Plus, I was curious what it would be like to live with her. Would it be like the TV show Friends? I wanted to try it.

Casey was collecting unemployment from her last job and looking for a new one. She didn’t go to school anymore because she owed tuition that she had to pay before she could register again. When she moved in we signed a contract in which she agreed to my four rules: (1) Pay $40 rent on the first or second week of the month; (2) clean up after herself and her kids; (3) put food in the fridge; and (4) replace anything she or the kids broke or used up.

Casey agreed and promised me that she would be out before she had the baby.

Burden or Blessing?

My apartment is a one-bedroom. I let Casey and her kids sleep in the bedroom while I slept on the couch in the living room. I got dressed in the bathroom. I didn’t date anyone because of the kids, but also because I wasn’t ready for a relationship. Sometimes I would write in my journal in the bathtub to relax in privacy. I would smoke cigarettes to calm my nerves but never around the kids.

Casey paid the rent with her unemployment check. To get public assistance (PA), she was supposed to go to a job training program. But she said that she was earning more money from unemployment than what she would get from PA.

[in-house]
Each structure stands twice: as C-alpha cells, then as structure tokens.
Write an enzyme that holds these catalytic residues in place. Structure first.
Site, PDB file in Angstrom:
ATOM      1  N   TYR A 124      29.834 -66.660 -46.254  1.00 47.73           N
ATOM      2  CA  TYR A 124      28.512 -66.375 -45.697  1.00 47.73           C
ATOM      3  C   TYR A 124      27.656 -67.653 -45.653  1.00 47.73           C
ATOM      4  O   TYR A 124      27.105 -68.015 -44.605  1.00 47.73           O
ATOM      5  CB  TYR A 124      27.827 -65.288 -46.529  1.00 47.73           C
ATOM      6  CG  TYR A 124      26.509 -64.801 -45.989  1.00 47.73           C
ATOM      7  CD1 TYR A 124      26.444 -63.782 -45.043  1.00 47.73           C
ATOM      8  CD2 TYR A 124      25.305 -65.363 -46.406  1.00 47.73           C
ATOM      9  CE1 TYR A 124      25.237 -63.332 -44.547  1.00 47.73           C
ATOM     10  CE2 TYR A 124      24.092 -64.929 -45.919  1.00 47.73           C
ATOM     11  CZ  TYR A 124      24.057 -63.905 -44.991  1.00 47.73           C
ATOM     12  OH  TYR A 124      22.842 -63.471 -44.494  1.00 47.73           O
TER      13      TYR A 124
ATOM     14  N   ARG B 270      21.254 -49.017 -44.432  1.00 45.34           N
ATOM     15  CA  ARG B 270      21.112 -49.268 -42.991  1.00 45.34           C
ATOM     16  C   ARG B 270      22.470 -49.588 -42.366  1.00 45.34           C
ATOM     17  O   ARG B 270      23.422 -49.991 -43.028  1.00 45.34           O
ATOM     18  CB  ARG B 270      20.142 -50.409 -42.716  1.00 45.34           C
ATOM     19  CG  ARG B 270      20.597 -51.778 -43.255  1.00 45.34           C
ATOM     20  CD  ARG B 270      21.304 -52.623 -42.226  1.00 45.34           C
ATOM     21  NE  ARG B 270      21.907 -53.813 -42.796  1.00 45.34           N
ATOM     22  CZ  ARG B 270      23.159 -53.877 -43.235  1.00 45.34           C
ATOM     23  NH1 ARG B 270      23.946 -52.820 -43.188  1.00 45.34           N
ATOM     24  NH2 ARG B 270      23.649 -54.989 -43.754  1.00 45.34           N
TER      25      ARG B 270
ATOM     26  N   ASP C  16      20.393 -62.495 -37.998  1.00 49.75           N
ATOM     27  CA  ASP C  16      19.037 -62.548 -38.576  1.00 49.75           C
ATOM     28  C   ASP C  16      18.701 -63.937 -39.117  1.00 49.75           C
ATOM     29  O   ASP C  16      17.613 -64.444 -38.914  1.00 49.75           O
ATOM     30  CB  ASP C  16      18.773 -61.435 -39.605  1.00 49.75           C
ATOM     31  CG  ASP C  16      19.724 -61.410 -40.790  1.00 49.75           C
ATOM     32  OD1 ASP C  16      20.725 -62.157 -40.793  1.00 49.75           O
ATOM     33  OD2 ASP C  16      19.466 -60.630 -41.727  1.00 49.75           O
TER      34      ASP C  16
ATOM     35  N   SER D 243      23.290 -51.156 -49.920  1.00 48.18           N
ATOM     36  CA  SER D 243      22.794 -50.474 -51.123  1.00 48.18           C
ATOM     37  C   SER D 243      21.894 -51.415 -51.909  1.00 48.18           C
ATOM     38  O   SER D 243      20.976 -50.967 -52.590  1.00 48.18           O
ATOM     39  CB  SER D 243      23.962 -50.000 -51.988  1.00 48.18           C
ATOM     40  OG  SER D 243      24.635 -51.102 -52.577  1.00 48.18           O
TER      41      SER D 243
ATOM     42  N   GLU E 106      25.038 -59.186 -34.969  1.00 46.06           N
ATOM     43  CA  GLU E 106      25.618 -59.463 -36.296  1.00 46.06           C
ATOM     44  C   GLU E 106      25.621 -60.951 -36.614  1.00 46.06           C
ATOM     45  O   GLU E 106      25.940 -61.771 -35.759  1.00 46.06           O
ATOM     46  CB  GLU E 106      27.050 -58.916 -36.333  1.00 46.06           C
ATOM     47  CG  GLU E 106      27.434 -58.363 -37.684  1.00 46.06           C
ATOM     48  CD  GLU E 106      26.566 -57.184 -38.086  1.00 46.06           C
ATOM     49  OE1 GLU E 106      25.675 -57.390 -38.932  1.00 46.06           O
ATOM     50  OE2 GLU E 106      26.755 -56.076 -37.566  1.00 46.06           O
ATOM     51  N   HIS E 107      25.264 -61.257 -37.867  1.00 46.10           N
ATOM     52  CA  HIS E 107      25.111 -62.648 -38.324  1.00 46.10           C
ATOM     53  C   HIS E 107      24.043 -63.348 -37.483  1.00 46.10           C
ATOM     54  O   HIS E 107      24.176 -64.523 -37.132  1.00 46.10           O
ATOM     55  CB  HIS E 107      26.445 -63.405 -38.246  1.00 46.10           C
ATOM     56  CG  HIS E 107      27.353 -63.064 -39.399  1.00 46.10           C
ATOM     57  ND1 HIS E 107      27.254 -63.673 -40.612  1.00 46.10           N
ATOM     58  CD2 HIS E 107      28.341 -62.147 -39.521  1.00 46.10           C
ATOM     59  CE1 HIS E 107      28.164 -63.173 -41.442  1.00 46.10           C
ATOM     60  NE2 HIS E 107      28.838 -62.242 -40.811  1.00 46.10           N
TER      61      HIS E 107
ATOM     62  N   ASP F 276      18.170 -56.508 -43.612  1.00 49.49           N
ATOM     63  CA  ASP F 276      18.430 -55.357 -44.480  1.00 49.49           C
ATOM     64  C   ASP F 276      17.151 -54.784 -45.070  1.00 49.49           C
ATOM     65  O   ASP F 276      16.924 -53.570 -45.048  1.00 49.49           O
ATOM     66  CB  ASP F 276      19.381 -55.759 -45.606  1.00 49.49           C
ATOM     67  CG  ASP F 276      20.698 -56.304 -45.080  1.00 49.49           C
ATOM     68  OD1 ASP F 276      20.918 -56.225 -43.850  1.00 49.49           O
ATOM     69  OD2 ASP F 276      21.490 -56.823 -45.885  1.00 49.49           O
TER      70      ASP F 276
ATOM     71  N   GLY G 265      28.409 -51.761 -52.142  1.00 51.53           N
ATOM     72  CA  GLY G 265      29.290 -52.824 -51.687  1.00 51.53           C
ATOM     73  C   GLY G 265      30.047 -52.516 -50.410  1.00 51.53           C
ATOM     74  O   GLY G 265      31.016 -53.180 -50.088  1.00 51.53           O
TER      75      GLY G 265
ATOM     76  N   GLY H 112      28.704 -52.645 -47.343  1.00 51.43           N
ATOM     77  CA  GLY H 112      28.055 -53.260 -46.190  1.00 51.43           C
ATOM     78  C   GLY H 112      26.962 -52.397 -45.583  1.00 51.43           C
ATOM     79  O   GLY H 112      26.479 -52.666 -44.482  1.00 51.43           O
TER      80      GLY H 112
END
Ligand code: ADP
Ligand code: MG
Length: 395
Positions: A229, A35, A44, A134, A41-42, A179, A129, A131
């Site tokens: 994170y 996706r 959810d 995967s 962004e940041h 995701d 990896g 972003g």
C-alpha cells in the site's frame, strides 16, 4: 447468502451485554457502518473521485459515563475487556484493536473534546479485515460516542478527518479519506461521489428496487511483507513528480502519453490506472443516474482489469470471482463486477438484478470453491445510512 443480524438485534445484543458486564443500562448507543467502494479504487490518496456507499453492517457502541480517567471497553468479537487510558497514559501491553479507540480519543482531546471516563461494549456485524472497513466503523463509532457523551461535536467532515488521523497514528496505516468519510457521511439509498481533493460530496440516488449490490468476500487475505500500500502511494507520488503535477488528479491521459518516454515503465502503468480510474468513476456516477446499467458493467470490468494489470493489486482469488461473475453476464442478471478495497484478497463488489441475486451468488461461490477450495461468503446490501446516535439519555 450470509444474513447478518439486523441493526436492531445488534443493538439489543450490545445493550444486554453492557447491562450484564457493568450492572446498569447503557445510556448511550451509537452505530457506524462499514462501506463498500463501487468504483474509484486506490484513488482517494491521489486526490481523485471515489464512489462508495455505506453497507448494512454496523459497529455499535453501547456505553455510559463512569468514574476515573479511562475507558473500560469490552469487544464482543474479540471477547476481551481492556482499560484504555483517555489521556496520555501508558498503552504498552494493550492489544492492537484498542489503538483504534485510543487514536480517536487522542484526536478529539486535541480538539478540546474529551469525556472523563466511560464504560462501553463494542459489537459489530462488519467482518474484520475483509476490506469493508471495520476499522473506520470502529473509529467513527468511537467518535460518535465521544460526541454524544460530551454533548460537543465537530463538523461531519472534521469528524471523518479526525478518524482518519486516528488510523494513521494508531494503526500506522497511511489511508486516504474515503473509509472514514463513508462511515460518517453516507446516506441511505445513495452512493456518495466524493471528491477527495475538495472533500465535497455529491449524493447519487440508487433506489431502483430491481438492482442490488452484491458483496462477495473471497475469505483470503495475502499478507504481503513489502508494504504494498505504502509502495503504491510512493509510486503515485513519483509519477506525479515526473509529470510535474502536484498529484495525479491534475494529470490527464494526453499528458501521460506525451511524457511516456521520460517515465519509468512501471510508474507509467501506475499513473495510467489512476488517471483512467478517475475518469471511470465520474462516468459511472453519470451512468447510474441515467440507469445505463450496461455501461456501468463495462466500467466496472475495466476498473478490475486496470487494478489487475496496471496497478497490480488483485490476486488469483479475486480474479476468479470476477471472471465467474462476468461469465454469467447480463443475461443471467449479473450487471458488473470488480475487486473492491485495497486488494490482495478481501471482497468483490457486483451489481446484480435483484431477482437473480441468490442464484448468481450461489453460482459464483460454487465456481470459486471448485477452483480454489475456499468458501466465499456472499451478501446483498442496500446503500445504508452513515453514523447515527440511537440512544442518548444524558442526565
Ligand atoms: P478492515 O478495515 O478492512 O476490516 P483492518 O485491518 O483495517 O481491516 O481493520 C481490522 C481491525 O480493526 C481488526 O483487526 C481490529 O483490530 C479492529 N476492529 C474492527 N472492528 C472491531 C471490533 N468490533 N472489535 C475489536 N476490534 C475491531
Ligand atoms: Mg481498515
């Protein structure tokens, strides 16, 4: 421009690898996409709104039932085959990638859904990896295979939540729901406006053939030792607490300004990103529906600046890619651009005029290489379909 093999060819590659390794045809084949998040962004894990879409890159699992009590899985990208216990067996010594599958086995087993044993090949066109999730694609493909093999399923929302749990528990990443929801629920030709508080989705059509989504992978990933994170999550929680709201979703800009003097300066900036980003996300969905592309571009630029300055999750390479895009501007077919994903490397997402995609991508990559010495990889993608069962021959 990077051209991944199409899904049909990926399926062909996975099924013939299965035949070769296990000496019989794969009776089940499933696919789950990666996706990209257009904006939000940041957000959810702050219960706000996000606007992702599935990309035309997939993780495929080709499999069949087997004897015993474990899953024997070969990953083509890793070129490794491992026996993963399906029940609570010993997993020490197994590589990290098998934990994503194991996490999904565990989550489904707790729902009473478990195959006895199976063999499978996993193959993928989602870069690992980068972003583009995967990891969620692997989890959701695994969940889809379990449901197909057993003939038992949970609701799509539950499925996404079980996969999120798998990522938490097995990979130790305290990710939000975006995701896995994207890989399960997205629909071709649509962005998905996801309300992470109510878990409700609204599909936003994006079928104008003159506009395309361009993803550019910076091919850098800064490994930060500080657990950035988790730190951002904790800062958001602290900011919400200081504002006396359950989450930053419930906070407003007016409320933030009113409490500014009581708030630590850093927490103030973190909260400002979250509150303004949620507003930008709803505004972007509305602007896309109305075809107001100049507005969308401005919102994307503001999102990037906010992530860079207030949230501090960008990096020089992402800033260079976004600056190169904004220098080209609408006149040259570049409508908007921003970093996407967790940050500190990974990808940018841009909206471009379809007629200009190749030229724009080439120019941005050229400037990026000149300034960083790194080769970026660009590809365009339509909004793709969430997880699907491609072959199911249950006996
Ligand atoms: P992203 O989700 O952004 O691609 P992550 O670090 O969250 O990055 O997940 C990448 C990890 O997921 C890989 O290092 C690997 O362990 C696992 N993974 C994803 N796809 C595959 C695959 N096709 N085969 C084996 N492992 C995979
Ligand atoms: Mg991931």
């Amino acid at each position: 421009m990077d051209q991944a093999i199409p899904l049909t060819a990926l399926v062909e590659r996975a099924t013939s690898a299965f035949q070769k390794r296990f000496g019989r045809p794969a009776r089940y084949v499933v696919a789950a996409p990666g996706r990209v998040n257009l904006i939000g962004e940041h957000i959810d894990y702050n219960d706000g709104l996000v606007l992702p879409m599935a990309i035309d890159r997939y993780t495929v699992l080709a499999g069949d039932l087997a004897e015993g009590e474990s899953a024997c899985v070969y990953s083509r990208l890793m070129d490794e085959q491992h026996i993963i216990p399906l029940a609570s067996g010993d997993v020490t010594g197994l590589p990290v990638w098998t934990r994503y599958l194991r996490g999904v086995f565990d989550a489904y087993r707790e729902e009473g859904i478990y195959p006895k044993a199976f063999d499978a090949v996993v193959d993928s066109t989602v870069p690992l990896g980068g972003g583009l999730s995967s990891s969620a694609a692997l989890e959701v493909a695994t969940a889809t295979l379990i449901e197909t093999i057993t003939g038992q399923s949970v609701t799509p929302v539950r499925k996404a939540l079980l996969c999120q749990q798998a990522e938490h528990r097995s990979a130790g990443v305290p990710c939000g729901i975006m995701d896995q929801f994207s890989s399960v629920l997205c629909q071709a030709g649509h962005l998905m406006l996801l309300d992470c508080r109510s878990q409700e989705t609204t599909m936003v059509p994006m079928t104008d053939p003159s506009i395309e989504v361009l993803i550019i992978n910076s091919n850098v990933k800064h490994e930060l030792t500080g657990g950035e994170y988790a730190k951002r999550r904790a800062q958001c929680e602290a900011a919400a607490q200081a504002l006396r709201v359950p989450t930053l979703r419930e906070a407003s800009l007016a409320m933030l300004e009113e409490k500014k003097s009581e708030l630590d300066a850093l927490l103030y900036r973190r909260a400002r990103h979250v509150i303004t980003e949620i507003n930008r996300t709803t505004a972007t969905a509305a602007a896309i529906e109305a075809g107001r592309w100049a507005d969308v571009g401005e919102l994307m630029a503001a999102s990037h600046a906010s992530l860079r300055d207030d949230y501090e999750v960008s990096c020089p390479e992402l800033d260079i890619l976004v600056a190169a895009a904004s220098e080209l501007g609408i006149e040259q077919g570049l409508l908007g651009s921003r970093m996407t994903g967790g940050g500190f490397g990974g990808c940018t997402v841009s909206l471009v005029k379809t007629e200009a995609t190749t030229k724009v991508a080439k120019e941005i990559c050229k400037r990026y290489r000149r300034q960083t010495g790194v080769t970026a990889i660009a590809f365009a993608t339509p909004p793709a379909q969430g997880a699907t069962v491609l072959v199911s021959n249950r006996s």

Most of my friends told me not to let her stay. They said a pregnant woman with two kids who didn’t have a place of her own was a “problem” or a “burden.” My best friend Delana said that Casey was holding me back from doing what I had to do. She told me that I needed to focus on my own life instead of trying to help out a grown woman and her kids.

Delana said Casey was a stereotype who made women look bad. My neighbor told me that I was making a mistake and that I should enjoy my apartment with only me and my two dogs. “Her fat ass should stay out on the bench with her two kids,” she said coldly. I thought all of them, including my brother, were being judgmental and didn’t see the Casey that I knew.

Only one friend and my aunt said that it was a good idea for me to let her stay. My aunt said it was a blessing to help a woman and her kids.

One Great Month

image by YC-Art Dept